Seriously, hands down, my class’ favorite game to play! This game is perfect for inside recess as the whole class can play at once and everyone is excited for the game. This game requires some “brain sweat”, so it works well for grades 2-5. There are two different versions of this game. Supplies needed are minimal:  a writing surface, writing utensils, and someone who is quick with their math facts for a “caller.”

The object of the game is to guess the other player’s number before they guess yours. To play, two students come up to the board and stand back to back (hence the name). This allows for the students to write on the board, but blocks their view of the other person’s number.

The “Caller” states, “Numbers Up”. This signals the two students write a number of their choice on the board. I usually play with numbers 2-9 to keep kiddos from dwelling in the 0’s and 1’s easy train, but you can play with numbers as high or as low as needed for your group of kids.

The caller then states the sum (for younger students) or product (3rd-5th) of the two numbers.  The students use their understanding of math facts to figure out what they other person’s number is when added or multiplied by their number. The player to say the other person’s number first wins the round. The “loser” gets to choose the next person to come to the board. Please be warned… this game can get a little rowdy as students win and lose rounds and somehow the teacher always gets pulled up to “clear out” a player who’s been up a little too long… But it’s a lot of fun and well worth the 10-20 minutes! Beats the repetitious practice drills of flashcards!

Guess My Number

This next game is very versatile and can be modified in so many ways! It can be played in kindergarten all the way through 5th grade classrooms. To play, you need a number chart and a dry erase marker. This game can be played whole group, in pairs or in small groups of 3-4.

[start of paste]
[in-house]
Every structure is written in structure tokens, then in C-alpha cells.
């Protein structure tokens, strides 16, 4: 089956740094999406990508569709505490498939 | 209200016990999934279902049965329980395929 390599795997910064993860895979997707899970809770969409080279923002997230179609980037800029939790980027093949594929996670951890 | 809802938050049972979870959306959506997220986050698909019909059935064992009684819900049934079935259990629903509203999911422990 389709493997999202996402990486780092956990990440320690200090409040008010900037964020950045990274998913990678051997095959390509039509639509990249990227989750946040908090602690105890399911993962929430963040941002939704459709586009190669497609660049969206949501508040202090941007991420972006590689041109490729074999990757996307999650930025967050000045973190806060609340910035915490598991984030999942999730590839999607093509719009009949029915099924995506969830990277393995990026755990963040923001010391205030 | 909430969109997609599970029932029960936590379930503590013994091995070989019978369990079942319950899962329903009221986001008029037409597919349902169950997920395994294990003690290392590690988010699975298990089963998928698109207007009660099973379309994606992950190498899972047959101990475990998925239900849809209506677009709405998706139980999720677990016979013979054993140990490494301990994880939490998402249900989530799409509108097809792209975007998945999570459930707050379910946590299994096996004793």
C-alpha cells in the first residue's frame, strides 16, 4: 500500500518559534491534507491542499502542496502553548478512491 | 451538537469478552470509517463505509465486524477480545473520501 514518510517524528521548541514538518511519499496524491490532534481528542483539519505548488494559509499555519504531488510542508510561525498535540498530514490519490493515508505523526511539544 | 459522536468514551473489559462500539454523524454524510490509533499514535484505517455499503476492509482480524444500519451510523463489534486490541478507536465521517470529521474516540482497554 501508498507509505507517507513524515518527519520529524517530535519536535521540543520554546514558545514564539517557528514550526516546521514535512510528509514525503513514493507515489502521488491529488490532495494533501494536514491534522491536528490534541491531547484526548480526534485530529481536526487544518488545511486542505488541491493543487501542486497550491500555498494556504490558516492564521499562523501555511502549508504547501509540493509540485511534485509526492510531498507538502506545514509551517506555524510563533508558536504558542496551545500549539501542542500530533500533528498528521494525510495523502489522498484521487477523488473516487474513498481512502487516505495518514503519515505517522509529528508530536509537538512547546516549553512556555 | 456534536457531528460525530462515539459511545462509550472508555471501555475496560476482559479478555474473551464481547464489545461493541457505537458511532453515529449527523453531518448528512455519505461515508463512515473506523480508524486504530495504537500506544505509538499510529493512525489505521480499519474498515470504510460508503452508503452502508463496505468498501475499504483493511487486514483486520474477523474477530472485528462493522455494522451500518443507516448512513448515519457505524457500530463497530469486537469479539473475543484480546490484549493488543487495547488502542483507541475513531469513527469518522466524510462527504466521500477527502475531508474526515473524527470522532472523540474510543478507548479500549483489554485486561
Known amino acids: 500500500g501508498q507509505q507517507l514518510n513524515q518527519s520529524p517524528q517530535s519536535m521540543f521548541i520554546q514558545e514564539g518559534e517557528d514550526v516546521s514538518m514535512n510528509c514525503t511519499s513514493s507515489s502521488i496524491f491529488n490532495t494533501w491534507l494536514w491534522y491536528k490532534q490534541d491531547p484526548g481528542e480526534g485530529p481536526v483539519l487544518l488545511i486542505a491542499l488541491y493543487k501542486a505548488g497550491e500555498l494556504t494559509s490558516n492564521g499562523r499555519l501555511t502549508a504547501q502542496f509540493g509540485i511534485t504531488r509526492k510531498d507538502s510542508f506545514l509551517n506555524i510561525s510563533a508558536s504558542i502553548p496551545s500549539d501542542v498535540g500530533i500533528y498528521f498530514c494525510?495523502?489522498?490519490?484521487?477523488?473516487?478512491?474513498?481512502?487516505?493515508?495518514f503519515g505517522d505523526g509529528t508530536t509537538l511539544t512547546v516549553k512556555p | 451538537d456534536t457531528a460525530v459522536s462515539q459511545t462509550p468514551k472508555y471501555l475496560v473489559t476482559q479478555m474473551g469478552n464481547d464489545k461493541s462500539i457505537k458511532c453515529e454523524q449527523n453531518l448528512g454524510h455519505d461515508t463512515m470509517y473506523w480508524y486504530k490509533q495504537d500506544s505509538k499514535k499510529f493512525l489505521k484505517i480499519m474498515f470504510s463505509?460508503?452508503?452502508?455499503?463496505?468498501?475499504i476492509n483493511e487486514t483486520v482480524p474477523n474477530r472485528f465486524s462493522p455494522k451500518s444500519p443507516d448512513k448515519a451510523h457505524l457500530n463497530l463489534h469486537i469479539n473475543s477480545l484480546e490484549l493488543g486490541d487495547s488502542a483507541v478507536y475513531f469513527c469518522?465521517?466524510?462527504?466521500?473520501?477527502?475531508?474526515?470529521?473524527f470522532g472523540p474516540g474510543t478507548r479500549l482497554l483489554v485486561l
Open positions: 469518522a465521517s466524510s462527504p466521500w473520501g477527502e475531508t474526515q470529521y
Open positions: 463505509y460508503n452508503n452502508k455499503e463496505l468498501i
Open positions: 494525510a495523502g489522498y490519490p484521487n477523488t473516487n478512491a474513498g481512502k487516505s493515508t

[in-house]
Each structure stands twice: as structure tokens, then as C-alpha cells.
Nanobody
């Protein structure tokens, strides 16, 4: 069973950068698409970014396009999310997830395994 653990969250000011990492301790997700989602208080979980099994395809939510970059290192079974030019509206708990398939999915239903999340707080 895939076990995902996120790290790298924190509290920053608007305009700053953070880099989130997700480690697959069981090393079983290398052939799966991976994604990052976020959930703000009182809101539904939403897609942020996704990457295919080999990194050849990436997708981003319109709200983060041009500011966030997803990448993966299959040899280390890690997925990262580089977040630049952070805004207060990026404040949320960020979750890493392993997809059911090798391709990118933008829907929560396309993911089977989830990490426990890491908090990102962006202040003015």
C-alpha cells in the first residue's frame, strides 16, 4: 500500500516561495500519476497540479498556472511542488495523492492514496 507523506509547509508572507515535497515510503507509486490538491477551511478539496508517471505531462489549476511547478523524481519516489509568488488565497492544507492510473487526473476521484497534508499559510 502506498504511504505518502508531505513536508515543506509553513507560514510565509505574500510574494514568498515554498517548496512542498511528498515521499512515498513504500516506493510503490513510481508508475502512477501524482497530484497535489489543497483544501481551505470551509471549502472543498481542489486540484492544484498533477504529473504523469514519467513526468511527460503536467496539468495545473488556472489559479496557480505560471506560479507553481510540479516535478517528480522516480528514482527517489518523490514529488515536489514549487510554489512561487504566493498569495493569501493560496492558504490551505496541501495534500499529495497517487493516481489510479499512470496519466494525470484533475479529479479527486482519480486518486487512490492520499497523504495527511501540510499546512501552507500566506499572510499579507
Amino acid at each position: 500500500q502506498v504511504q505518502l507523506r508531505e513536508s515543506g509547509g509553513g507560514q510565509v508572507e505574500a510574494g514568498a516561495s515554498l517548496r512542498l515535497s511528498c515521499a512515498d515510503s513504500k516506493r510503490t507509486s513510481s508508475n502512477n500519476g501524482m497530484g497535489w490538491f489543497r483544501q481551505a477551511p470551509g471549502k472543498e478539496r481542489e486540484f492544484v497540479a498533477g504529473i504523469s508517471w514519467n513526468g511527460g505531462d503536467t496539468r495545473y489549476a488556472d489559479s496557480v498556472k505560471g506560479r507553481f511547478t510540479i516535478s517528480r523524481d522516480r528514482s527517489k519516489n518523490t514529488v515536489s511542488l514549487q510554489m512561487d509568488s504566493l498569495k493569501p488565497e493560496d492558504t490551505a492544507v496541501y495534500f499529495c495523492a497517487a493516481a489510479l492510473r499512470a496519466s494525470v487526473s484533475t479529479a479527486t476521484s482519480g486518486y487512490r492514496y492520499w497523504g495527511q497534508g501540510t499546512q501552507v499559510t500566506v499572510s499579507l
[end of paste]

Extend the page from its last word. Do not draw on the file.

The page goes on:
To begin, one student chooses a number. The other players try to guess the number by asking a series of questions. The student crosses off numbers it can’t be and circles numbers it could. The person who guesses the right number, wins and gets to choose the next number.

The best part of this game is that it can be played with laminated personal hundreds charts in small groups.

It can also be played as a whole group game using  a large chart.

For third grade, I encourage the use of question clues like “Is it a multiple of 5? Or greater than 70?” To introduce the game, I usually model crossing out numbers as students ask questions about the numbers and help link the clues to finding the right number.

For a kindergarten or first grade classroom, you may want to play with a number line with numbers 1-20.  Then, students could ask if the number is bigger or smaller than numbers within that range.  A 4th or 5th grade classroom can beef up the game with question clues like, “Is it divisible by 3?” or “Is it a multiple of 5?” The possibilities are endless! Time range to play can be from 5 minutes to 20 minutes and can be used as an inside recess game or a quick brain break before or after a lesson.

Math Fact Top It!

 

 

This last game works well in 1st through 5th grade classrooms and is best played in groups of 2-4 students. All that is needed to play are math fact flash cards. You can use addition, subtraction, multiplication or division cards. It just depends on where your students are in their math skills. I like to think of this game as “War for the Classroom,” as the rules for the traditional card game apply to this math fact version.

To play, students divide the flash cards evenly among all players. Then, on the count of three, all students throw down a card. The card with the highest sum or product wins all the cards in play. This can be modified to lowest difference or quotient. If students have the same answer, then they play each other again, with the winner capturing all the cards in play. Students play until all the cards are won. The student depending on the flashcards you are using. with the most cards at the end wins. I find this game works best in math centers and is an easy way for students to practice their math facts in a new and unique way!

Download Freebie with Game Directions 
So go forth and play! Get your students engaged and learning in the new year! If you’re not sure you’ll remember all these games I shared today, I’ve compiled all the directions in one file for you. It’s available here at my TpT store!

Leigh is a wife, mother, and a second-grade- turned-third-grade teacher. She currently resides in Central Florida where she has been teaching for 7 years. When Leigh isn’t teaching or writing for her teacher blog, The Applicious Teacher, she enjoys snuggling up with a good book, running a few miles, or spending time with her family.